On a warm late March night 32 years ago, the Maryland women’s basketball program took a big step towards forging an identity on the national stage by beating Texas on their home court in the NCAA tournament.
The scenario is nearly identical to the one the current edition of Terps find themselves in heading into Sunday’s Hemisfair Regional semifinal against the Longhorns in Texas.
Maryland (26-2) will be in San Antonio Sunday, not in Austin, as they were back in 1989. And this meeting will only get them a step closer to a Final Four berth, unlike a generation ago, when their 79-71 victory propelled them to the third national semifinal in school history.
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But, now, as then, the Terps will be looking to grab a measure of national notice and respect by beating the Longhorns (20-9) in what will, in effect, be a road game, given that San Antonio is a 90 minute drive from the Texas campus.
Maryland, which drubbed Mount St. Mary’s and Alabama in their tournament openers, is averaging a tournament-high 99 points, but is likely to face its biggest defensive challenge to date in Texas, which gives up just 62.7 points per contest.
The sixth-seeded Longhorns are anchored in the middle by junior center Charli Collier. The 6’5 junior averages nearly 12 rebounds a game to go along with 20 points. Collier, who has declared herself eligible for the WNBA draft, is expected to be the first player chosen next month. Her length and size may cause headaches for the Terps, who traditionally have had difficulty with classic low-post players during coach Brenda Frese’s tenure.
Meanwhile, Texas, which knocked off third-seed UCLA in the second round, has picked up the pace from the outside, shooting 39 percent from three-point range in the last six games, including hitting 13 in an overtime win over Iowa State in the Big 12 tournament.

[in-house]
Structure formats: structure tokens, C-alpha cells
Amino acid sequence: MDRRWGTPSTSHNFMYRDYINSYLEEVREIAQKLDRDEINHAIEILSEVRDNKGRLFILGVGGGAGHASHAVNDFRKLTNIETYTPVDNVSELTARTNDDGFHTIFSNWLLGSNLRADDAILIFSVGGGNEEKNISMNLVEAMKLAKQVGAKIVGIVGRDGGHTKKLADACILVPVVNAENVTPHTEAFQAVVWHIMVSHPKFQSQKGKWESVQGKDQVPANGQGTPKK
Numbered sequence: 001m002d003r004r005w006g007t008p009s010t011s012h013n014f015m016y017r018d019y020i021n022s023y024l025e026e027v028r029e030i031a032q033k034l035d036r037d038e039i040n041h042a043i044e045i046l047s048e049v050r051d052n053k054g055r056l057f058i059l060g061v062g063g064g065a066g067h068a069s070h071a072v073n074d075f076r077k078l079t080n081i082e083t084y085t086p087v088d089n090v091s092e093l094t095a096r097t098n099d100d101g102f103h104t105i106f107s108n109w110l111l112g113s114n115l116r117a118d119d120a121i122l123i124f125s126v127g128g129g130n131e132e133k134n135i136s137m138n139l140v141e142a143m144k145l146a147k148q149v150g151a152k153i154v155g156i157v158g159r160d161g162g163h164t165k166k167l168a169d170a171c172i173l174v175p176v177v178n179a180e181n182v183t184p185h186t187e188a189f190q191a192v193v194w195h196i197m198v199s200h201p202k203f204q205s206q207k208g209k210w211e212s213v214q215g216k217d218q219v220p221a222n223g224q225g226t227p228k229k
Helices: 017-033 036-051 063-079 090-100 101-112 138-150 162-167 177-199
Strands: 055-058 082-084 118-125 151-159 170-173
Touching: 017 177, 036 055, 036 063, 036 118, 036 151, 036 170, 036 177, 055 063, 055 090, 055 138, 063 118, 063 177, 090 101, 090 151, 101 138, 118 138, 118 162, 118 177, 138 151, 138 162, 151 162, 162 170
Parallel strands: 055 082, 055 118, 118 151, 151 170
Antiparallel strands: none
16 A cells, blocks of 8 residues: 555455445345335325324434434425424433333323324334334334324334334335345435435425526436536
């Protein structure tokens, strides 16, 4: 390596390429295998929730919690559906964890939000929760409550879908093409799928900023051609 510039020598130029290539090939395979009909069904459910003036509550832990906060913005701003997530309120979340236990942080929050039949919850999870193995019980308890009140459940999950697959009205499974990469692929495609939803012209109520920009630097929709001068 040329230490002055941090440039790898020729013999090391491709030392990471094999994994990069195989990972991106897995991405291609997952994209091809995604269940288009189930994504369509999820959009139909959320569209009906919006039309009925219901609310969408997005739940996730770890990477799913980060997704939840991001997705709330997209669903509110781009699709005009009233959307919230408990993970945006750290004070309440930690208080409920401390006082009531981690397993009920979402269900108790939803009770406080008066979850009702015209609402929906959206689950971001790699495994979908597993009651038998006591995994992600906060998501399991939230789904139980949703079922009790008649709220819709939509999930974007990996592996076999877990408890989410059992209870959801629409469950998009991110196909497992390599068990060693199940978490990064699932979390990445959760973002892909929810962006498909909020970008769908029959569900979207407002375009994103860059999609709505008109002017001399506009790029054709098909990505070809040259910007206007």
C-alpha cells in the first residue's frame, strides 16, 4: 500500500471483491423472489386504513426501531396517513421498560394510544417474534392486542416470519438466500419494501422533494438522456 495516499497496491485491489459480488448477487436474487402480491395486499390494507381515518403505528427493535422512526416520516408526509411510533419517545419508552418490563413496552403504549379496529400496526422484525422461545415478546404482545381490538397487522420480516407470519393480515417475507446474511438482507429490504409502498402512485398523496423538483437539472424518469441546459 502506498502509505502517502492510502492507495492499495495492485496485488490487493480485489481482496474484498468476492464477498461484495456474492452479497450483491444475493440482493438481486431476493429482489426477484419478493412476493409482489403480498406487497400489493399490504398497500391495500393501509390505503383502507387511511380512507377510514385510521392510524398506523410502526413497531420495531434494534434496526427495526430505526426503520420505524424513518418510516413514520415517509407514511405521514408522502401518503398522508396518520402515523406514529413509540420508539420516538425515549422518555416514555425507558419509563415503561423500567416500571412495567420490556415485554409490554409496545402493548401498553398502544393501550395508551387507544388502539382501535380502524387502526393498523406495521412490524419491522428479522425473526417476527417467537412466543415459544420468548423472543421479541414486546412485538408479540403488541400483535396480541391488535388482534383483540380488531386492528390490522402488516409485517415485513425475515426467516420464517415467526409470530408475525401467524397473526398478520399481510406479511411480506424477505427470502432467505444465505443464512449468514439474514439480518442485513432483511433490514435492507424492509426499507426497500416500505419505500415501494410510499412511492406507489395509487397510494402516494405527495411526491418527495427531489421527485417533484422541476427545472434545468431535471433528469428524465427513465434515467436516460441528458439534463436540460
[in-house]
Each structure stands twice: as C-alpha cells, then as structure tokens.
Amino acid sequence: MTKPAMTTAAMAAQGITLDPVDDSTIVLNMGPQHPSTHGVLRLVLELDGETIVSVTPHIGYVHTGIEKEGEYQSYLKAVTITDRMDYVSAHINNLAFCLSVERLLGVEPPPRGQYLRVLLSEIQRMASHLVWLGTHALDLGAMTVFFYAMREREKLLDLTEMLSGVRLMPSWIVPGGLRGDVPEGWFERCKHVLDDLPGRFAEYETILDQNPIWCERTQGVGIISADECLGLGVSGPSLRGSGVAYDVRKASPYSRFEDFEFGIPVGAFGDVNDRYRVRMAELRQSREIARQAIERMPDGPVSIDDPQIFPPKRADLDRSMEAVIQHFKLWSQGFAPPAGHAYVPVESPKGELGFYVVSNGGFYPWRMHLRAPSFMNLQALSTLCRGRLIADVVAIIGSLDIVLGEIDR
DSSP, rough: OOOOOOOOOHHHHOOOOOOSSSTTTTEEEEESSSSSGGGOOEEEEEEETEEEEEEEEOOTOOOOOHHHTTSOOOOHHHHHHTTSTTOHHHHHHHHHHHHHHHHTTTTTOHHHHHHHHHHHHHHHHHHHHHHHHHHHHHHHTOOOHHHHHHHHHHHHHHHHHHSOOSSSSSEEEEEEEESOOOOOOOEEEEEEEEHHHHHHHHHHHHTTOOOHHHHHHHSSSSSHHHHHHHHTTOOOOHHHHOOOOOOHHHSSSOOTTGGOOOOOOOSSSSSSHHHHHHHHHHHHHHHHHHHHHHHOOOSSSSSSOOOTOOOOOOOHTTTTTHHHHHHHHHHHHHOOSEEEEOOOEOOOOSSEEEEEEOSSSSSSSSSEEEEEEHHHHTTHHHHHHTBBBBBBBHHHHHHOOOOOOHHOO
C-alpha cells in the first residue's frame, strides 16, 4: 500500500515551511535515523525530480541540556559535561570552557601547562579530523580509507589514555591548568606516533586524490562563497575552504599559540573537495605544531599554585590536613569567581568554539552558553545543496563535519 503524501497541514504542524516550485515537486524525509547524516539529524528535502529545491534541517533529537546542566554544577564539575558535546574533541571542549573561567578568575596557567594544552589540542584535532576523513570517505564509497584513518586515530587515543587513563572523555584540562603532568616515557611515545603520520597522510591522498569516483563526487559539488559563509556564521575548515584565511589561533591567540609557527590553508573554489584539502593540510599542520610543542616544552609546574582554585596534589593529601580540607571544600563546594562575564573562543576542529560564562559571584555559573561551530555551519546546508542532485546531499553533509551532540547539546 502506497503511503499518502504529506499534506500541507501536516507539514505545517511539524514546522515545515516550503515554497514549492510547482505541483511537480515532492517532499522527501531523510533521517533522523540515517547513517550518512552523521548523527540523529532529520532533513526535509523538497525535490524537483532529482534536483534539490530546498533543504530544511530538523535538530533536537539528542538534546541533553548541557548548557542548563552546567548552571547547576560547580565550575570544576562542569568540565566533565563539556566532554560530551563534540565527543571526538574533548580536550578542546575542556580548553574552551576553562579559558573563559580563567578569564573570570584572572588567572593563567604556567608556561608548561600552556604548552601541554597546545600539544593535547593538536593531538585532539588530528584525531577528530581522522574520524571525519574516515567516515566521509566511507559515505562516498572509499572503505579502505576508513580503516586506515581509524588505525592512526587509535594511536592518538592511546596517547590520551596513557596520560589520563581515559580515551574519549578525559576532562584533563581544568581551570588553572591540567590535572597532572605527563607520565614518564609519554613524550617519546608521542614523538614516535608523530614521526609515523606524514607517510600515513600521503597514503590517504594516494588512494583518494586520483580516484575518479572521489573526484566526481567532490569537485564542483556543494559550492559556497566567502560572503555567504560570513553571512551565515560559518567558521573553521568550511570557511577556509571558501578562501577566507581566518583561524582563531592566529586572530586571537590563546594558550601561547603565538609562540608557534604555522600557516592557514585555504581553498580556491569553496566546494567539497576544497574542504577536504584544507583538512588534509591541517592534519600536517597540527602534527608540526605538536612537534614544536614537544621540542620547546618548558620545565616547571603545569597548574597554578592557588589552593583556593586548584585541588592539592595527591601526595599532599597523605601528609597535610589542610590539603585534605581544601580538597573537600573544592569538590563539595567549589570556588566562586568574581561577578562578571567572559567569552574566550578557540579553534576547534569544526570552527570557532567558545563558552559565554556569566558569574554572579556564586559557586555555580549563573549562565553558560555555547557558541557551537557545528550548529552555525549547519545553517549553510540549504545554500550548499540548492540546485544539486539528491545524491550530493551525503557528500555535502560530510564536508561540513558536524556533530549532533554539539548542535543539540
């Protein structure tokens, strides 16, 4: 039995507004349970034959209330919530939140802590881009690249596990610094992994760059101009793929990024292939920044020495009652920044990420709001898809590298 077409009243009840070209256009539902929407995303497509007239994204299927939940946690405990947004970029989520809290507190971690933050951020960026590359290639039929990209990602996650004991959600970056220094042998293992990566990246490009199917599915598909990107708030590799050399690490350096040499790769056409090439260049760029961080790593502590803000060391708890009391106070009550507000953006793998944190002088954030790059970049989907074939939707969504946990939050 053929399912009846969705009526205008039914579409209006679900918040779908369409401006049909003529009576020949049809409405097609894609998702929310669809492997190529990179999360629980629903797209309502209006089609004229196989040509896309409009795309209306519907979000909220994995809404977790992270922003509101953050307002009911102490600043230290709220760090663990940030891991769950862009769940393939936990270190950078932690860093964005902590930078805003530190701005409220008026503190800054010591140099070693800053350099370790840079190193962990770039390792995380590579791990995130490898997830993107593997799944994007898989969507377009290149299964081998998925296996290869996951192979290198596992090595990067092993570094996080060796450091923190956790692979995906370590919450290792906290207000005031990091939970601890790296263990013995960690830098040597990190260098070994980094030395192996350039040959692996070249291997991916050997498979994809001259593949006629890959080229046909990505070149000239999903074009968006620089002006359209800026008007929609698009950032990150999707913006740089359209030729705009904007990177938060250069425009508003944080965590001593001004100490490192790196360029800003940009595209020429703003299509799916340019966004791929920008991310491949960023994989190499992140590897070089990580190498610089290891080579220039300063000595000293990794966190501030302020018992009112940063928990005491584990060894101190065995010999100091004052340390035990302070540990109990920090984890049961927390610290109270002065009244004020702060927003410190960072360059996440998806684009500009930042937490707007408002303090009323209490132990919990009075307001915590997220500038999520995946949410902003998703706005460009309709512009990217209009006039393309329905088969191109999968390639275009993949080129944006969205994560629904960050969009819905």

However, Collier has fouled out of seven games this season, an indication of being overaggressive. And Texas has at least 10 turnovers in 10 of their last 11 games, which may play right into Frese’s formula to force miscues and get transition baskets.
Sports Media Analyst
Milton Kent is a veteran of Baltimore and Maryland journalism. Kent began a long association with the Baltimore Sun in 1985, serving as the Evening Sun’s Howard County reporter for 2 ½ years before joining the paper’s features department as an entertainment writer in 1988. In the following year, Kent began covering men’s and women’s college basketball for the Evening Sun, concentrating on the Maryland men’s and women’s teams. He continued covering college basketball when the writing staffs of the Evening and Morning Suns merged in 1991. From there, he covered the Orioles for three seasons before becoming one of the nation’s first fulltime sports media critics for parts of six years. In 2000, he began covering the NBA until 2004, when he launched a high school sports column, which he wrote until he left the Sun in 2008. Kent joined the staff of AOL Fanhouse, an online sports operation in 2009, covering sports media and women’s basketball, until operations ceased in 2011. He then joined the faculty at Morgan State University in the fall of 2011, where he has taught until the present day. In addition to writing for various platforms, including Sports Illustrated.com and TV Guide, Kent has hosted “Sports At Large,” a weekly commentary program airing on WYPR (88.1 FM) since 2002.